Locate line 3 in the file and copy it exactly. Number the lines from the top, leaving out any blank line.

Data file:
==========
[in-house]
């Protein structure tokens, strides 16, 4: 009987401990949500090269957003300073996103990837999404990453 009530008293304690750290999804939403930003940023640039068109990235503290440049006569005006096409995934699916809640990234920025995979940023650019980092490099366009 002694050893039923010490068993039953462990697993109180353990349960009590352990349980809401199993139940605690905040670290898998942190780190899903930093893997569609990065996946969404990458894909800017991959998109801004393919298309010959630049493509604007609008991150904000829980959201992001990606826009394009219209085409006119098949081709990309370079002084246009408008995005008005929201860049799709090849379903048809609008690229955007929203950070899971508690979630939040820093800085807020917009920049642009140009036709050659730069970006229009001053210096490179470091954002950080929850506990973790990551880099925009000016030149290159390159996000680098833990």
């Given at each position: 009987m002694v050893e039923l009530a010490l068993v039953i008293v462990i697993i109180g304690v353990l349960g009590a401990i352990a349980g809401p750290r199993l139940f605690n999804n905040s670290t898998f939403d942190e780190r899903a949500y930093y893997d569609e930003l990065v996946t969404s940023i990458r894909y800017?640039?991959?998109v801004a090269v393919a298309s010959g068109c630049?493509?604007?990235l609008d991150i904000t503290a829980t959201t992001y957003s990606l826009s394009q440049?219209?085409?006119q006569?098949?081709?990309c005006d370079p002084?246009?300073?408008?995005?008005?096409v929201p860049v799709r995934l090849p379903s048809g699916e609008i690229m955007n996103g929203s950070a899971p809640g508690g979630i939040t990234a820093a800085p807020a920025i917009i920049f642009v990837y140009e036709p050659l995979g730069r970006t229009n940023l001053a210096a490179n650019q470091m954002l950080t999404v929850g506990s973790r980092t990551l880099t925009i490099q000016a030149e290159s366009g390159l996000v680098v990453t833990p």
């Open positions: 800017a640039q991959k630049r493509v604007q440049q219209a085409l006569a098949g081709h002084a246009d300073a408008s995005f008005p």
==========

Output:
């Given at each position: 009987m002694v050893e039923l009530a010490l068993v039953i008293v462990i697993i109180g304690v353990l349960g009590a401990i352990a349980g809401p750290r199993l139940f605690n999804n905040s670290t898998f939403d942190e780190r899903a949500y930093y893997d569609e930003l990065v996946t969404s940023i990458r894909y800017?640039?991959?998109v801004a090269v393919a298309s010959g068109c630049?493509?604007?990235l609008d991150i904000t503290a829980t959201t992001y957003s990606l826009s394009q440049?219209?085409?006119q006569?098949?081709?990309c005006d370079p002084?246009?300073?408008?995005?008005?096409v929201p860049v799709r995934l090849p379903s048809g699916e609008i690229m955007n996103g929203s950070a899971p809640g508690g979630i939040t990234a820093a800085p807020a920025i917009i920049f642009v990837y140009e036709p050659l995979g730069r970006t229009n940023l001053a210096a490179n650019q470091m954002l950080t999404v929850g506990s973790r980092t990551l880099t925009i490099q000016a030149e290159s366009g390159l996000v680098v990453t833990p």